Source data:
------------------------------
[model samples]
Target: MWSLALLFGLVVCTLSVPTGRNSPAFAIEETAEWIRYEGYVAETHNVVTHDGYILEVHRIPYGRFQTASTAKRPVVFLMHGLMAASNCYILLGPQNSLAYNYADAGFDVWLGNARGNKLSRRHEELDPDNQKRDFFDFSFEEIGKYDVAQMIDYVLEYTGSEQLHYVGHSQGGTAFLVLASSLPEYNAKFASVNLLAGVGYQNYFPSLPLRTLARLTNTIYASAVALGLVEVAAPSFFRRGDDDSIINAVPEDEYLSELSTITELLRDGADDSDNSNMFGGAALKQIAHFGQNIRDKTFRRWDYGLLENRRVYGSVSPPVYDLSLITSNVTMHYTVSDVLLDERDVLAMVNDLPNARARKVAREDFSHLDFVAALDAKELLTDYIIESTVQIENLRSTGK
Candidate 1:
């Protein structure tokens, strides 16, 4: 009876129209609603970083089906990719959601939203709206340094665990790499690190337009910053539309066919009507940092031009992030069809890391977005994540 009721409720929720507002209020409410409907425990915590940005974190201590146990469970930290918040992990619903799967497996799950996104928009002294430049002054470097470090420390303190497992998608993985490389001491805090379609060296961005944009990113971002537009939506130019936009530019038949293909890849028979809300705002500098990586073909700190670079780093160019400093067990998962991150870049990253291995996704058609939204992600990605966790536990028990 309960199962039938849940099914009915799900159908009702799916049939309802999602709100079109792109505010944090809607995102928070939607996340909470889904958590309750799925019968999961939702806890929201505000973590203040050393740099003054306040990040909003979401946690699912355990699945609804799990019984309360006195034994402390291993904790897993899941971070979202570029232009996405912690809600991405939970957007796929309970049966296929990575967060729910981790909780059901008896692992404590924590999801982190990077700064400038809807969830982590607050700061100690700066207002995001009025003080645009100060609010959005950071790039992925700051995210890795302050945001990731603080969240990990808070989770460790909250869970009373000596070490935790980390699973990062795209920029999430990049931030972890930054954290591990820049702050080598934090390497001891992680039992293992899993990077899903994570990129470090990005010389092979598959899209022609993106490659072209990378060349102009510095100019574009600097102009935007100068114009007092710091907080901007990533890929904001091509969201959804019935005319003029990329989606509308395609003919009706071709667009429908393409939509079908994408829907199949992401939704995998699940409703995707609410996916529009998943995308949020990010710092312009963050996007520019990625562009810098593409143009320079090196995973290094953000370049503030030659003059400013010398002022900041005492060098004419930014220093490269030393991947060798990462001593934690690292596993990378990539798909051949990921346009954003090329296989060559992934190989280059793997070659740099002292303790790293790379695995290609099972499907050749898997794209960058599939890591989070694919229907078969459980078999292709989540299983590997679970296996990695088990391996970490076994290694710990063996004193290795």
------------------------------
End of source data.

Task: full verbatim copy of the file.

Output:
[model samples]
Target: MWSLALLFGLVVCTLSVPTGRNSPAFAIEETAEWIRYEGYVAETHNVVTHDGYILEVHRIPYGRFQTASTAKRPVVFLMHGLMAASNCYILLGPQNSLAYNYADAGFDVWLGNARGNKLSRRHEELDPDNQKRDFFDFSFEEIGKYDVAQMIDYVLEYTGSEQLHYVGHSQGGTAFLVLASSLPEYNAKFASVNLLAGVGYQNYFPSLPLRTLARLTNTIYASAVALGLVEVAAPSFFRRGDDDSIINAVPEDEYLSELSTITELLRDGADDSDNSNMFGGAALKQIAHFGQNIRDKTFRRWDYGLLENRRVYGSVSPPVYDLSLITSNVTMHYTVSDVLLDERDVLAMVNDLPNARARKVAREDFSHLDFVAALDAKELLTDYIIESTVQIENLRSTGK
Candidate 1:
């Protein structure tokens, strides 16, 4: 009876129209609603970083089906990719959601939203709206340094665990790499690190337009910053539309066919009507940092031009992030069809890391977005994540 009721409720929720507002209020409410409907425990915590940005974190201590146990469970930290918040992990619903799967497996799950996104928009002294430049002054470097470090420390303190497992998608993985490389001491805090379609060296961005944009990113971002537009939506130019936009530019038949293909890849028979809300705002500098990586073909700190670079780093160019400093067990998962991150870049990253291995996704058609939204992600990605966790536990028990 309960199962039938849940099914009915799900159908009702799916049939309802999602709100079109792109505010944090809607995102928070939607996340909470889904958590309750799925019968999961939702806890929201505000973590203040050393740099003054306040990040909003979401946690699912355990699945609804799990019984309360006195034994402390291993904790897993899941971070979202570029232009996405912690809600991405939970957007796929309970049966296929990575967060729910981790909780059901008896692992404590924590999801982190990077700064400038809807969830982590607050700061100690700066207002995001009025003080645009100060609010959005950071790039992925700051995210890795302050945001990731603080969240990990808070989770460790909250869970009373000596070490935790980390699973990062795209920029999430990049931030972890930054954290591990820049702050080598934090390497001891992680039992293992899993990077899903994570990129470090990005010389092979598959899209022609993106490659072209990378060349102009510095100019574009600097102009935007100068114009007092710091907080901007990533890929904001091509969201959804019935005319003029990329989606509308395609003919009706071709667009429908393409939509079908994408829907199949992401939704995998699940409703995707609410996916529009998943995308949020990010710092312009963050996007520019990625562009810098593409143009320079090196995973290094953000370049503030030659003059400013010398002022900041005492060098004419930014220093490269030393991947060798990462001593934690690292596993990378990539798909051949990921346009954003090329296989060559992934190989280059793997070659740099002292303790790293790379695995290609099972499907050749898997794209960058599939890591989070694919229907078969459980078999292709989540299983590997679970296996990695088990391996970490076994290694710990063996004193290795």